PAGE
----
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"Mr. and Mrs. Smith" Movie Review

Grab the Fire Extinguisher, This One's Smoking Hot

By

Brad Pitt Angelina Jolie Mr  Mrs Smith

Brad Pitt and Angelina Jolie in "Mr and Mrs Smith"

© 20th Century Fox
A romantic comedy disguised as an action movie, “Mr. and Mrs. Smith” is a fun, summer popcorn movie that actually manages to get in a few humorous but truthful bits on relationships and marriage.

Featuring two undeniably sexy stars, “Mr. and Mrs. Smith” is one of those movies you don’t have to think about but instead can just sit back and let wash over you. Yet it’s not dumbed down. Fast-paced with just the right blend of genres, “Mr. and Mrs. Smith” is surprisingly good.

Before delving into an analysis of the film, I just want to make this quick point. This review will ignore the elephant standing in the middle of the room. If you're not sure what elephant I’m referring to, then you haven’t been reading the gossipy tabloid papers that seem to be on a mission of life and death importance trying to figure out what’s going on between Angelina Jolie and Brad Pitt. That’s the elephant we’re just going to pretend doesn’t exist.

Back to the movie. The plot’s fairly simple. Jane and John meet while down in Columbia where they’re both on assignment. Neither has a clue what the other one’s up to and after much alcohol and a night of what we can assume is passionate love-making, they become a couple. Fast forward a few months and now they’re Mr. and Mrs. Smith. He believes she handles computer problems for major companies; she believes he’s a big shot in construction. Fast forward even further and now they’ve been married five or six years and they’ve got problems, major relationship problems that necessitate visiting a marriage counselor.

After being together for all those years, you’d think they would have figured out that something doesn’t add up. But no, neither figures out the other’s an assassin until they’re both sent out by their competing companies to take out the same target. The cat’s out of the bag and all bets are off – toss in your own cliché here – as those marital problems they were suffering from before suddenly look like small potatoes. Never forgetting it’s a romantic comedy at heart, the action sequences take over once Mr. and Mrs. discover what their partner really does for a living.

Simon Kinberg’s script is saucy and engaging and director Doug Liman (“The Bourne Identity”) adeptly handles the action and comedy. We don’t often get to see a man and woman engaged in an all-out brawl, but Liman lets the fight scene between Jolie and Pitt get as physical as possible without cutting away too much or cute camera tricks. And while it's a little unnerving to watch their hand-to-hand combat, it makes sense. She’s an assassin, why would her opponent need to hold back?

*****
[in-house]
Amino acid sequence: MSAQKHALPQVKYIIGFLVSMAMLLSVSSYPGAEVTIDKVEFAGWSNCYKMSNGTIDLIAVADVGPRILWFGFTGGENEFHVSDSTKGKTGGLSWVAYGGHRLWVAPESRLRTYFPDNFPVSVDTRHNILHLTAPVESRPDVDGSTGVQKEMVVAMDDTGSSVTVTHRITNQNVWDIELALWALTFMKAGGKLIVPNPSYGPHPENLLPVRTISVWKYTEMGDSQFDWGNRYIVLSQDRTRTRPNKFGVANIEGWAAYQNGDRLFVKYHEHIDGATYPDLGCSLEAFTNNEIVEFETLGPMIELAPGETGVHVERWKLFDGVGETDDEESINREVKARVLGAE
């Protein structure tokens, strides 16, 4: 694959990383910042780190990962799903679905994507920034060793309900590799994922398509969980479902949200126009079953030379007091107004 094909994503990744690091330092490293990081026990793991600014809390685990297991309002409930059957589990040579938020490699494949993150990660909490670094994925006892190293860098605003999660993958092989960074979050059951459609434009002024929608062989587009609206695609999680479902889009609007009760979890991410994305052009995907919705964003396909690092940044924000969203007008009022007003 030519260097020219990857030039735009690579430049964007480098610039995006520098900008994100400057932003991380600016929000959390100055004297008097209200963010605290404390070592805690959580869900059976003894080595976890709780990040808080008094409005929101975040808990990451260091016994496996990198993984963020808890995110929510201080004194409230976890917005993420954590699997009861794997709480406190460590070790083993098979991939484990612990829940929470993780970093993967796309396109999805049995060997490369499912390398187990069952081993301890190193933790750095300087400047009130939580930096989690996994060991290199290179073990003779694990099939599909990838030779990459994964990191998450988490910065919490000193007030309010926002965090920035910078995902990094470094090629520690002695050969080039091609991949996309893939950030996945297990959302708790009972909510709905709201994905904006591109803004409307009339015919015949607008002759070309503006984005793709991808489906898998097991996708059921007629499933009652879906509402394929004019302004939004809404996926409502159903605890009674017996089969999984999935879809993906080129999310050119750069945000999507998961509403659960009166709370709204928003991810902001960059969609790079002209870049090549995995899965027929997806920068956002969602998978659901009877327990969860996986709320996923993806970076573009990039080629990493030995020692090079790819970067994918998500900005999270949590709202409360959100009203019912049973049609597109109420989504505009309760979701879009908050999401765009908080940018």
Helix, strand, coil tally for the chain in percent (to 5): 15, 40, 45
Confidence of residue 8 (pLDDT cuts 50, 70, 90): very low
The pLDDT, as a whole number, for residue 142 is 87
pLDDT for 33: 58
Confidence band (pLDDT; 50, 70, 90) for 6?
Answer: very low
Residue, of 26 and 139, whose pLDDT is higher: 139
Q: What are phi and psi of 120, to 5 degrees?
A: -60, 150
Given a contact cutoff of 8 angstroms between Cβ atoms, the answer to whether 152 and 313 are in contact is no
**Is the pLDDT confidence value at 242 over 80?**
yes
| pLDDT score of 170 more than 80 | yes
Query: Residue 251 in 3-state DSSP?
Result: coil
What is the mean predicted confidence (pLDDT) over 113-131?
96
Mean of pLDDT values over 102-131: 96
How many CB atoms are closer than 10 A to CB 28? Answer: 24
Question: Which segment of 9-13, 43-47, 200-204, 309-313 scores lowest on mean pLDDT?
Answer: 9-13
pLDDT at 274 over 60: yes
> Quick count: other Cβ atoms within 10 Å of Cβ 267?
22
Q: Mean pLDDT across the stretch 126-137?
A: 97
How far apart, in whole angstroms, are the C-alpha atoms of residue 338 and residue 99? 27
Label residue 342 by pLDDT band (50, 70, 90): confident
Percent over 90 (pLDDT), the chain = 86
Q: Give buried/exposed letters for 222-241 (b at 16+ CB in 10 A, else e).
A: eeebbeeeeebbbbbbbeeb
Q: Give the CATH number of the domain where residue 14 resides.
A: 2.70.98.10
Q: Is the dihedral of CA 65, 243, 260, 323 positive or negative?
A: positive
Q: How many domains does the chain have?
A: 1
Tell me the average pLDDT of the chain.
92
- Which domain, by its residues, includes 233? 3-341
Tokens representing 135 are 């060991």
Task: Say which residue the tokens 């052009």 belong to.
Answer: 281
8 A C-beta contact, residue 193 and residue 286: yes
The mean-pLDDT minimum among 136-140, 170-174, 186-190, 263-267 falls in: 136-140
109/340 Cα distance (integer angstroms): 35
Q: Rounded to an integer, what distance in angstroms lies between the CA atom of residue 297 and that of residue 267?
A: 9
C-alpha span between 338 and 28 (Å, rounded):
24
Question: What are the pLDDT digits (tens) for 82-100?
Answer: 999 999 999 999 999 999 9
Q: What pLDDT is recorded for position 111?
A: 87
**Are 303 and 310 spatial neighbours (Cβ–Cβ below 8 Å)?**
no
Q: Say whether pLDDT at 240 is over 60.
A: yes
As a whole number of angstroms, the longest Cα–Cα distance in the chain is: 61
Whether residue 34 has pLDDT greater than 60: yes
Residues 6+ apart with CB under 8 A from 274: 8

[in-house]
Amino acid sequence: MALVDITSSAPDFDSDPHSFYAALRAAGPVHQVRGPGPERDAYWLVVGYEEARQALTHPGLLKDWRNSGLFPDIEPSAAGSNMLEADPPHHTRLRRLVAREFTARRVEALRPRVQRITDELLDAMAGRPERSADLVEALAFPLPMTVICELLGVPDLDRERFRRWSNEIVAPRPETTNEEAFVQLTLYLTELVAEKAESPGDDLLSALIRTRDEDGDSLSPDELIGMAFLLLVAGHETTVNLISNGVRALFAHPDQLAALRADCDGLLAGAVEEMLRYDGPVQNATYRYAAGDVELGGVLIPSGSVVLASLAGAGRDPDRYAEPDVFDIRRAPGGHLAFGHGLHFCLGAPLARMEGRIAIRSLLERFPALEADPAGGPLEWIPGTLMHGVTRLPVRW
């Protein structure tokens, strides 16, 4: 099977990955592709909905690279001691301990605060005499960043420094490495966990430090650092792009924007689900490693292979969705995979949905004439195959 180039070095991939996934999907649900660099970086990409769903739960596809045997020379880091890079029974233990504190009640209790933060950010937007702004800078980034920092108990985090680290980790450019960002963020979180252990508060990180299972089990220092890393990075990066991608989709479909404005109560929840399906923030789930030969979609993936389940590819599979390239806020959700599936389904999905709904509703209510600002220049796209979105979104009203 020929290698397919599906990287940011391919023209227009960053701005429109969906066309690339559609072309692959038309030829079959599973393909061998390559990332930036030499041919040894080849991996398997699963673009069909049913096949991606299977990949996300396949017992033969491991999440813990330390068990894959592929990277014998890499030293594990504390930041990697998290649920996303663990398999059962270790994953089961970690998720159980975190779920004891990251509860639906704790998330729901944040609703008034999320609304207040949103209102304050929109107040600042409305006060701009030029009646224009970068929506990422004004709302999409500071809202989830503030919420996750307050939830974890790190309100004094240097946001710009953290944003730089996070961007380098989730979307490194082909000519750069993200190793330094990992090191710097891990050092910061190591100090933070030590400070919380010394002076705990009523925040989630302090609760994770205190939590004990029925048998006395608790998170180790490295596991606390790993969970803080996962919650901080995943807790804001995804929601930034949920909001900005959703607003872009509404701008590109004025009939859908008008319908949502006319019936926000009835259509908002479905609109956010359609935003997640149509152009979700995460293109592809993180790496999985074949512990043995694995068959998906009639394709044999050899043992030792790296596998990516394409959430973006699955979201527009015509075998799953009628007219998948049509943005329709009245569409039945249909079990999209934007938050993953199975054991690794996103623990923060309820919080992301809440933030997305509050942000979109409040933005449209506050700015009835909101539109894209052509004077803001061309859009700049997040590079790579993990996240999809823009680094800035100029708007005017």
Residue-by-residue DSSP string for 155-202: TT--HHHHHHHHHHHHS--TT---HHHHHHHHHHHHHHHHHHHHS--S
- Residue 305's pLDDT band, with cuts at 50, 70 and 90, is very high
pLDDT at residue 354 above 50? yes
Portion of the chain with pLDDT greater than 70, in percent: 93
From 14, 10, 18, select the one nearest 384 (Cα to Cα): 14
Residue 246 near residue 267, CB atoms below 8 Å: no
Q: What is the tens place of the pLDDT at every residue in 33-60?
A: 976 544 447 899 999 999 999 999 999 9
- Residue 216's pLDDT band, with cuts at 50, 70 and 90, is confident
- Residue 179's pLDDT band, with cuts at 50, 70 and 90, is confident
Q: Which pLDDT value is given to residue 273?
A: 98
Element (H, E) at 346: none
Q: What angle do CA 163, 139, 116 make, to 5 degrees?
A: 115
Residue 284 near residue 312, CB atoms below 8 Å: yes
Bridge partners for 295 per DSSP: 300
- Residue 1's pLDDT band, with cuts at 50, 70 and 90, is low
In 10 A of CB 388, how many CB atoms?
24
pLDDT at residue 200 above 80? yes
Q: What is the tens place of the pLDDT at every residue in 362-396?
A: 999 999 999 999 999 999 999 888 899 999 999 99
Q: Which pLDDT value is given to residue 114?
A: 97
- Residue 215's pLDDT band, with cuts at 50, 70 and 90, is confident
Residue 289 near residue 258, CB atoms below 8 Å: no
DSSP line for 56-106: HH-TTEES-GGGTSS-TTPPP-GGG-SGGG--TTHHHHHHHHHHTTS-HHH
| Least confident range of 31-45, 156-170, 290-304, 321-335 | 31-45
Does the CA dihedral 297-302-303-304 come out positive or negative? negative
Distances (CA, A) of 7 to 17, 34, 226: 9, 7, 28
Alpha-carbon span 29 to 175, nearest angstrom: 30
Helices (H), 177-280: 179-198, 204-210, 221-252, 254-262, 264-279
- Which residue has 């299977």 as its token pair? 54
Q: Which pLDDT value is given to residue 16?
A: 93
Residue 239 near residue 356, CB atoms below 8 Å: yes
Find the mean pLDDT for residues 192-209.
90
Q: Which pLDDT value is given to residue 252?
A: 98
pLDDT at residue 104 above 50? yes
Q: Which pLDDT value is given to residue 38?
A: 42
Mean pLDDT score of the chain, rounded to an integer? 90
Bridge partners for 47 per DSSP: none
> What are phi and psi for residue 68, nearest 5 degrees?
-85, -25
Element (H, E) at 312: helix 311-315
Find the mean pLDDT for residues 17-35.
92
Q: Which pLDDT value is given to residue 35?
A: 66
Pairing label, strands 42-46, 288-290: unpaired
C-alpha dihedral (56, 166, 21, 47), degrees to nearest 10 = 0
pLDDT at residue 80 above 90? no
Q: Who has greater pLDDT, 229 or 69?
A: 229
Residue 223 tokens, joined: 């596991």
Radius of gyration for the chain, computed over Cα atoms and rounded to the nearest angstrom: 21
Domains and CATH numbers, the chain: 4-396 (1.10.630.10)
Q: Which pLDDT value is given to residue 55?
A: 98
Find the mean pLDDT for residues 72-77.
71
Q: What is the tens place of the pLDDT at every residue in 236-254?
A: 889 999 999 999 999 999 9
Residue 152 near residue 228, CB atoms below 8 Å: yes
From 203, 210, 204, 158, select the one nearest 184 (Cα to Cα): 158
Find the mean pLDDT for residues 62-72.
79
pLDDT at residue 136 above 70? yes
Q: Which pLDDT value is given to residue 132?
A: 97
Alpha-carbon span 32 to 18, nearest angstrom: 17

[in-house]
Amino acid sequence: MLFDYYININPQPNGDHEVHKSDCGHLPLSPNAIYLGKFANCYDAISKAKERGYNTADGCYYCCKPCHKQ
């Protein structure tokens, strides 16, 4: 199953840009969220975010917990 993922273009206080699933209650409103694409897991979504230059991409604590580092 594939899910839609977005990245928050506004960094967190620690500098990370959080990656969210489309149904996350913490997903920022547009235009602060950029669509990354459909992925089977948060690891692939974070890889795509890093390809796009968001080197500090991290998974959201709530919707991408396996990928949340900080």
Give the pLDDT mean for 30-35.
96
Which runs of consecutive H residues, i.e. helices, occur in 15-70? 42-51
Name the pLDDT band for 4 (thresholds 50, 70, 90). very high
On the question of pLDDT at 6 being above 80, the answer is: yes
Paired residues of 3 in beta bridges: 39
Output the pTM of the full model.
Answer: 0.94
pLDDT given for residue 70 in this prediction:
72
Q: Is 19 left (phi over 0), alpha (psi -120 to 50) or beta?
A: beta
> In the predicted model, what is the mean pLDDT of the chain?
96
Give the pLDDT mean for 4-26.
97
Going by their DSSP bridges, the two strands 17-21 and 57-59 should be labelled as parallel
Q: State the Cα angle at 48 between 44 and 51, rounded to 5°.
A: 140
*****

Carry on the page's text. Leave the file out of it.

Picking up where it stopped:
Fighting, making love, clinched in each other’s embrace on the dance floor, verbally fencing, whatever the circumstance or scene, the pairing of Pitt and Jolie works. They physically match up. Jolie plays Mrs. Smith just as physically capable – and lethal – as Pitt does Mr. Smith. In fact, the female is actually the better of the two assassins. Her moves are planned out meticulously; her actions follow a logical path. He relies more on his instincts and isn’t as fast on his feet as his female counterpart. It’s refreshing to see a female character be allowed to get the upper hand mentally and physically on her male costar, especially in a movie where the leads are portraying professional killers.

How good are Jolie and Pitt together onscreen? We’re talking serious chemistry here. I haven’t seen Brad Pitt look this sexy for at least a decade and Angelina Jolie is blazingly hot. The sparks are almost visible when the two face off in the film. And yes, believe anything you’ve heard about the sex scenes. While there’s very little actual flesh exposed, the heat generated during their more intimate moments is palpable.

Vince Vaughn pops in as Brad Pitt’s best buddy and co-worker, providing a little comic relief whenever the movie slows down a skosh. The movie has funny bits but whenever Vaughn’s onscreen, the comedy is kicked up a few notches. Whenever his character’s riffing on John for being in a controlling marriage or defending the fact he still lives with his mom (the only woman he can trust), Vaughn delivers some of the biggest laughs in the movie – and even manages to steal a semi-pivotal scene from right underneath Pitt and Jolie.

There are plot holes and a couple of things (don’t worry, this is entirely spoiler-free) don’t really add up, but the film’s not trying to perform the cinematic equivalent of brain surgery. “Mr. and Mrs. Smith” colors outside the lines, doesn’t take itself seriously, and manages to retain the same playful tone throughout the two hour running time. For my money, it’s one of the best times I’ve had at the movies all year.

GRADE: A-

"Mr. and Mrs. Smith" was directed by Doug Liman and is rated PG-13 for sequences of violence, intense action, sexual content and brief strong language.

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